Attea wrote back, “At present, I am planning to attend the celebration. Bill”
The original start date for corner lot development was April 2011. However, due to continued contactor-related scandals and leadership changes at the college, the lot is still nothing but 2.6 acres of dirt.
Many people interviewed over the past year have suggested that the flood of bond money ushered in a new way of doing business in the South Bay and may account for the troubled tenures of both superintendents. Yehudi Gaffen, chief executive of Gafcon, likens the construction culture in the South Bay to Chicago in the 1920s and 1930s.
In both school districts, the program managers who successfully handled the earlier bond money were summarily dumped after passage of the new bonds — Proposition O at Sweetwater and R at Southwestern. Maas Companies had managed construction for Southwestern, and Gafcon and Harris & Associates had managed construction for Sweetwater.
Gafcon had been selected by a panel of staff and outside experts to handle Proposition O construction. However, Gandara complained of mismatched stucco and twisted rain gutters and chose Gilbane/SGI (Seville Group Inc.) to do future work, although the panel had ranked Seville next to last. In a recent interview, Yehudi Gaffen said, “We were selected by a handpicked, blue-ribbon panel to be the program manager for Proposition O, and then we were unselected by Gandara. This practice [of ignoring the ranking] is unusual, unorthodox, and usually means that someone higher up did not like the result. What’s particularly vexing is we had nothing to do with the buildings singled out for shoddy work.”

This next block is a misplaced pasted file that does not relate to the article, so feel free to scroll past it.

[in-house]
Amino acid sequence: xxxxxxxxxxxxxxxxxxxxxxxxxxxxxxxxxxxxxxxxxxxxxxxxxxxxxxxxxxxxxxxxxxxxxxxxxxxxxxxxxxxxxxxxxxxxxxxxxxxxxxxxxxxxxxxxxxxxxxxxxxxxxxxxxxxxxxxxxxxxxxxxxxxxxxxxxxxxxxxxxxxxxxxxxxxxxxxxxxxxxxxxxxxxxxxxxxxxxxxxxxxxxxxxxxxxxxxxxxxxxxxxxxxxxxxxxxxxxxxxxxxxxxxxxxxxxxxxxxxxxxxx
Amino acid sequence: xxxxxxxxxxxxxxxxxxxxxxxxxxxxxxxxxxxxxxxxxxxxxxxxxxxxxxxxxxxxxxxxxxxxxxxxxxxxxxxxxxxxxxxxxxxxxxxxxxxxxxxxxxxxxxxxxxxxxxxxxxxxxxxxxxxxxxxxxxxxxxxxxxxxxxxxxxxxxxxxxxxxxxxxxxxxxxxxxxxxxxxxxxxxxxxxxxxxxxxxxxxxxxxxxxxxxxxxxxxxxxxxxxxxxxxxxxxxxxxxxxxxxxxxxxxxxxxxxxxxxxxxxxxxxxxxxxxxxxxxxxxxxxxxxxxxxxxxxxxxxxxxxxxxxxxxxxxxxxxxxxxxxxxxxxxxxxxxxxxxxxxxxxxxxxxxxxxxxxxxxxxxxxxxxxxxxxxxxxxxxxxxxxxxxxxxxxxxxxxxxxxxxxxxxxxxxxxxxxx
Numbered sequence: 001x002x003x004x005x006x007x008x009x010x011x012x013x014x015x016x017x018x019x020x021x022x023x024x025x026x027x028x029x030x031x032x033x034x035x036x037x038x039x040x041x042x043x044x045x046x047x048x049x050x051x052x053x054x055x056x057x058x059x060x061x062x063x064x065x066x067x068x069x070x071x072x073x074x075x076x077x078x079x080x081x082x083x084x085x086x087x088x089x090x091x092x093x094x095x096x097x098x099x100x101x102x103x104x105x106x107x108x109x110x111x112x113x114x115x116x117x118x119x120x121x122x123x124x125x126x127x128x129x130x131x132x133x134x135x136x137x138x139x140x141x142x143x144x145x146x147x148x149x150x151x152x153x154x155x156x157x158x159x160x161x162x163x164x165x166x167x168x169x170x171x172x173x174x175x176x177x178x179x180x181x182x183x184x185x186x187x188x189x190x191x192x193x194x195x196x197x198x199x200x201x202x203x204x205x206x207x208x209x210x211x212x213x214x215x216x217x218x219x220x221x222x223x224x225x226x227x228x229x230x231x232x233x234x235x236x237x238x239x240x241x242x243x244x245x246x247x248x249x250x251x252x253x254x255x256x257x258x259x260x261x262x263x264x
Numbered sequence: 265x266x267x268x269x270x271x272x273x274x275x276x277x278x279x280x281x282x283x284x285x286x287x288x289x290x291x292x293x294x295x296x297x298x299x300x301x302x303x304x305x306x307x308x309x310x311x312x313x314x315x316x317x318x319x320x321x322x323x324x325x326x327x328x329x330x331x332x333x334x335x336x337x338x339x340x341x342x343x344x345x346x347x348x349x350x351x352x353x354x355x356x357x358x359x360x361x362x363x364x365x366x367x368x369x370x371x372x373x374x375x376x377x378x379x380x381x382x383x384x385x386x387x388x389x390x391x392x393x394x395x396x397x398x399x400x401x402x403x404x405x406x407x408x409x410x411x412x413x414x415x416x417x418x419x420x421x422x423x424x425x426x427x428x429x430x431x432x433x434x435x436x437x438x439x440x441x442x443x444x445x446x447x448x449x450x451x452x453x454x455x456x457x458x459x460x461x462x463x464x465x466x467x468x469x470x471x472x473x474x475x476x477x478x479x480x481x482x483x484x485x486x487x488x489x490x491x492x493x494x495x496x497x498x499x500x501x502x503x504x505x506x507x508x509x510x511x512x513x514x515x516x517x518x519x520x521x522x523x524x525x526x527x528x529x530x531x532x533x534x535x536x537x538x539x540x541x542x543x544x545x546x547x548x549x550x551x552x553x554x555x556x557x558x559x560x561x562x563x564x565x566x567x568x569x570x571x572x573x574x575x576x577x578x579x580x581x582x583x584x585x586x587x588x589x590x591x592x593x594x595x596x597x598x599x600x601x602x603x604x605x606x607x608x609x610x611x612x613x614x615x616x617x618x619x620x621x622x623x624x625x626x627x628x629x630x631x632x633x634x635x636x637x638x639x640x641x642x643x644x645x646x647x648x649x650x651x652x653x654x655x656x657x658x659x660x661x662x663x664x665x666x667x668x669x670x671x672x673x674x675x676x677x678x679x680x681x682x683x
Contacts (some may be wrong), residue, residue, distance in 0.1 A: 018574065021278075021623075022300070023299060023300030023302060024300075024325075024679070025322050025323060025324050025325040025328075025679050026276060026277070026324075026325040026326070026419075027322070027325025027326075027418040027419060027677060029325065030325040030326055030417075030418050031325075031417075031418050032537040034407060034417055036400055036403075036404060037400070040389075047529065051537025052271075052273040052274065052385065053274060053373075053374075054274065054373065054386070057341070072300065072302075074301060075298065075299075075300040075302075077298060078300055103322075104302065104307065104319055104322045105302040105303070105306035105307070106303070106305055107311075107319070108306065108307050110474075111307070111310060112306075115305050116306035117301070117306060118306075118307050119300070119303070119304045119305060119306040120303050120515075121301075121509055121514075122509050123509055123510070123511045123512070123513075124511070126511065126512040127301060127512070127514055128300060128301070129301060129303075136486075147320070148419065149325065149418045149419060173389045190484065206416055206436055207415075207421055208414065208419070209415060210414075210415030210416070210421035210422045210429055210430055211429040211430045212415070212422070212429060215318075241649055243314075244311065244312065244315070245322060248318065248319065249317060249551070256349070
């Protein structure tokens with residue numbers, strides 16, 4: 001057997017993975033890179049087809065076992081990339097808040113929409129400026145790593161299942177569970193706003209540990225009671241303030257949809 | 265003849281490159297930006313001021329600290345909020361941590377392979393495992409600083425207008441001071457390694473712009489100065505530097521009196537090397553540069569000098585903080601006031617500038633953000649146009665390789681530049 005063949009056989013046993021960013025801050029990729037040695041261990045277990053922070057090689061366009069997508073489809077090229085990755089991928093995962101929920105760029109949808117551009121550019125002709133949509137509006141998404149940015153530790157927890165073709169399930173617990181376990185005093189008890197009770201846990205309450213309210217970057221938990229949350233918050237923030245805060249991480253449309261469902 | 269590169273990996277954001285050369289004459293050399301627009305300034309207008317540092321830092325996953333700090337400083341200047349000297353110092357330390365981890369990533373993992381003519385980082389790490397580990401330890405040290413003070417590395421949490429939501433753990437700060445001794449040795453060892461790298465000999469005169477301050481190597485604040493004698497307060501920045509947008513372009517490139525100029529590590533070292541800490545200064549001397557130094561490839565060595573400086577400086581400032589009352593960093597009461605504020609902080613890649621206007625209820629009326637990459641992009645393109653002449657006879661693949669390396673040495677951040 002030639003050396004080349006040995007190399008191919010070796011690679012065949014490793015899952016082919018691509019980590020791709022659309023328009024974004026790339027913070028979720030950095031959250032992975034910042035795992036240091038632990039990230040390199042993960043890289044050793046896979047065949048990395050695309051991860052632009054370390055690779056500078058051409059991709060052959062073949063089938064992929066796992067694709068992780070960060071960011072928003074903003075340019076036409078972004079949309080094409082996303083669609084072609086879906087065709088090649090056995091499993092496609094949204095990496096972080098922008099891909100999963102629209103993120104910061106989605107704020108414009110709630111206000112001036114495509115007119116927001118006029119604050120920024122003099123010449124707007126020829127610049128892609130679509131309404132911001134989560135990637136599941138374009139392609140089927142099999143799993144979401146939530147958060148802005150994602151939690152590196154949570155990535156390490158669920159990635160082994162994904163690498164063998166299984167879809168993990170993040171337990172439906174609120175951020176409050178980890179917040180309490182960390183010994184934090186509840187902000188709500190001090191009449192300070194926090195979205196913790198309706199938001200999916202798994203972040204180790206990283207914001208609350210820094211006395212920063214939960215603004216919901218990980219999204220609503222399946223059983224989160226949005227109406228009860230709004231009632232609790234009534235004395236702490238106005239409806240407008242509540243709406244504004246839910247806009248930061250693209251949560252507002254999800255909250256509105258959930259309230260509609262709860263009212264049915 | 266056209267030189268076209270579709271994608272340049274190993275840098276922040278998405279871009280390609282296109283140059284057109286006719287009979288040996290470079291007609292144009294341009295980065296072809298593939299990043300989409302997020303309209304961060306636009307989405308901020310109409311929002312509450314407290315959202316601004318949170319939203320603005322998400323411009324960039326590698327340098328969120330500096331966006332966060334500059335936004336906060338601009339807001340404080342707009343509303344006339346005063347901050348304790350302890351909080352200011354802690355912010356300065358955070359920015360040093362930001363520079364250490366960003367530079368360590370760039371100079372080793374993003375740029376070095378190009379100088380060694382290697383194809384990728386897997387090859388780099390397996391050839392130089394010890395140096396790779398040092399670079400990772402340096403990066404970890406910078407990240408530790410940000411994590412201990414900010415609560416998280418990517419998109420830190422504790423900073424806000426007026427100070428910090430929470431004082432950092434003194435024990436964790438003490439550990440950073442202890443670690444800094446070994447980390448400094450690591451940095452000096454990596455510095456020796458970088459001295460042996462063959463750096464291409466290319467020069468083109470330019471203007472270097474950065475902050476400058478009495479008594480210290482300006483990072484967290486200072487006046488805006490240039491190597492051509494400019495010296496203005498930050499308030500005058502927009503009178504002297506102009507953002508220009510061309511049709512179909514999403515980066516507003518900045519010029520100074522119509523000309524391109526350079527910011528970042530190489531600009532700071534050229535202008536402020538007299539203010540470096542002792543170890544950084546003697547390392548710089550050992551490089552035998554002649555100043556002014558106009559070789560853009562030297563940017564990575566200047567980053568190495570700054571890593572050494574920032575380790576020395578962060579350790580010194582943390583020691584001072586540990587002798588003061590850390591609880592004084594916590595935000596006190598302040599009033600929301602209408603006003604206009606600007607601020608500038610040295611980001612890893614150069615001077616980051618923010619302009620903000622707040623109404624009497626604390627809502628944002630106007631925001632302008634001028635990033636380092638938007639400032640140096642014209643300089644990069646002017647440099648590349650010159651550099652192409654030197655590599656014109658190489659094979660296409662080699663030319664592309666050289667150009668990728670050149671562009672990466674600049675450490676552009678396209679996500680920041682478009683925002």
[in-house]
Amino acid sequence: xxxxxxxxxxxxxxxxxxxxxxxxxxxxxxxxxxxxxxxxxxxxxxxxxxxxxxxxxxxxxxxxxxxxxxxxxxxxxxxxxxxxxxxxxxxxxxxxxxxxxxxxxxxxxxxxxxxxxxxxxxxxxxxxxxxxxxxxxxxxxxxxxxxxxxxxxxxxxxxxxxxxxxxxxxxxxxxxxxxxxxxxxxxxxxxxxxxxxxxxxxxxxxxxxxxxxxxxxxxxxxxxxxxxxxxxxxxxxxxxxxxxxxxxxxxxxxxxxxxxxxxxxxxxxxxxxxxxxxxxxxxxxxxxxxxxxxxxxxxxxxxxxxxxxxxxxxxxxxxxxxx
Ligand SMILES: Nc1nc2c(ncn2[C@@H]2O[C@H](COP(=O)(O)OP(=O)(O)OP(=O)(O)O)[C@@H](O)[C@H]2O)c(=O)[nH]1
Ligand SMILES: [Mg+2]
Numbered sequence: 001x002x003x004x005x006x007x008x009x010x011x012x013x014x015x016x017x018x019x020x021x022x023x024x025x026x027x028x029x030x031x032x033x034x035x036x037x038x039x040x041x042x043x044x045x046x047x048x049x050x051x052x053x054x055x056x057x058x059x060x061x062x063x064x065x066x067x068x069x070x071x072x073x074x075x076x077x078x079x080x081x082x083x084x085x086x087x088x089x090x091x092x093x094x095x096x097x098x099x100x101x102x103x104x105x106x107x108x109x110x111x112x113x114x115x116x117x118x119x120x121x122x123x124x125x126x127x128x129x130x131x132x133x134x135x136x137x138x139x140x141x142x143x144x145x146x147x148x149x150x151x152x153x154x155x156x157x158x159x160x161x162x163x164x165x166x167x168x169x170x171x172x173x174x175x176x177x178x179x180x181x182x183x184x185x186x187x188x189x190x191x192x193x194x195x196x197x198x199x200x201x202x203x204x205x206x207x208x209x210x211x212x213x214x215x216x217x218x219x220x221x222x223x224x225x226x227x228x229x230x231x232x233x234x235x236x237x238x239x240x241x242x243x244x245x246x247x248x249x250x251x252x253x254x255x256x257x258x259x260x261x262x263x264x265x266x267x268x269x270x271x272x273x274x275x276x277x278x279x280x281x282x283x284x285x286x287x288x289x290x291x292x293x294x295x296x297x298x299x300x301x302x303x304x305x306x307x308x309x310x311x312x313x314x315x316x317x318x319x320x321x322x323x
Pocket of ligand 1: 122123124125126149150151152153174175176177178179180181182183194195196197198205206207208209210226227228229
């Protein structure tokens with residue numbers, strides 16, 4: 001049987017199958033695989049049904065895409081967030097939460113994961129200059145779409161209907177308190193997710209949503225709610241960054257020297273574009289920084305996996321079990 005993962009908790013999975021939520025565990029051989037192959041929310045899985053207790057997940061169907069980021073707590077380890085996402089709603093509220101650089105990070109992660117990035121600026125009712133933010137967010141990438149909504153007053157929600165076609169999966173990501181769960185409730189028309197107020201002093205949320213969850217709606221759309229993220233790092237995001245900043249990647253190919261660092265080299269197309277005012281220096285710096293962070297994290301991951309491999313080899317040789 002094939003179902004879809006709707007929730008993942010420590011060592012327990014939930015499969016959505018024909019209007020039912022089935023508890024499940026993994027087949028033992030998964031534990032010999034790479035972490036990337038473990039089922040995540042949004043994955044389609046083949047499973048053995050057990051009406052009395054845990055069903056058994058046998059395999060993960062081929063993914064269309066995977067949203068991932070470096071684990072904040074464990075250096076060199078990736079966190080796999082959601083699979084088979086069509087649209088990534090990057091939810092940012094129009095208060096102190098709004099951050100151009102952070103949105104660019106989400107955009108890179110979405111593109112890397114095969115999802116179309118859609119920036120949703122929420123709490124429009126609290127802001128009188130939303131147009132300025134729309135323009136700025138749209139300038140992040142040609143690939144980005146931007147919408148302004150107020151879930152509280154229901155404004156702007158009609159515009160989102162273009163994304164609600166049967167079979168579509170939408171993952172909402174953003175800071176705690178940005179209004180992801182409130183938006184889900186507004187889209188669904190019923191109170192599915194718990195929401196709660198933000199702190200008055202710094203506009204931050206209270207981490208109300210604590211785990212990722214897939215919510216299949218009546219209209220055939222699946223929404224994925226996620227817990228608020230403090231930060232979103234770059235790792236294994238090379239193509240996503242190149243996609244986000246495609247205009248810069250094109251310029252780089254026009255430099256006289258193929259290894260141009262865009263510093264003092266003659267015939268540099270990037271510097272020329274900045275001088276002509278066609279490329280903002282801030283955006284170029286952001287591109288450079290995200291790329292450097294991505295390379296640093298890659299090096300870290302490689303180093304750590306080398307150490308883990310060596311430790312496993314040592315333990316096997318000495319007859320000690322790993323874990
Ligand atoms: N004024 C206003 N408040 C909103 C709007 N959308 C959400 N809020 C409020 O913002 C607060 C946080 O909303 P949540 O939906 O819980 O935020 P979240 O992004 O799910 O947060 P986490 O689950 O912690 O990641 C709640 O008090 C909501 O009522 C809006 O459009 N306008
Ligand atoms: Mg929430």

Both Gandara and Chopra hired the same man, Henry Amigable, to manage their districts’ multimillion-dollar bond projects. Amigable worked for Gilbane Construction from February 2006 to March 2008, managing Proposition O construction at Sweetwater, and then in April 2008 he slid over to Seville Construction to manage Southwestern’s Proposition R construction.
Last year, the Union-Tribune exposed a wine and golf junket taken by Henry Amigable with then-Southwestern vice president Nicholas Alioto and Chris Rowe of Echo Pacific. Rowe had bid $15,000 for the trip at a silent auction held during a gala put on by the college’s foundation.
Part of Amigable’s job as program manager involved “assisting in evaluating bids” and making recommendations “concerning the acceptance or rejection of bids.” After the trio returned from their weekend of golf and wine tasting, Rowe’s contracting business, Echo Pacific, was awarded a $4 million contract for work on the corner lot. In January 2011, Southwestern trustee Tim Nader confirmed that Amigable was no longer Seville’s program manager. Amigable now works for Echo Pacific.
A tantalizing invoice, acquired through a public records request, casts doubt on the integrity of the college’s bidding process. The invoice was submitted by Seville Construction to Southwestern College requesting reimbursement for binders and paper that Seville had ordered for the bond oversight committee. It was dated June 2009, five months before Seville was hired to manage Prop R funds. The call for bids did not go out until three months later, in September 2009. Seville was hired to manage the bond construction that November. A call to Jeff Flores, chief executive for Seville Construction, concerning this invoice was not returned.
While Chopra and Gandara walk away with their pockets full of taxpayer dollars, their regimes are reportedly under investigation by the district attorney’s office. Southwestern has called for an extra audit of Proposition R spending, and Sweetwater is considering another audit of Proposition O spending.
Meanwhile, Southwestern College is conducting a new $26,000 search for a superintendent using an executive search firm called Community College Search Services. Sweetwater Union’s board has not discussed search firms yet, says board member Ricasa, but she is “open to looking, reviewing, and interviewing a variety of firms.”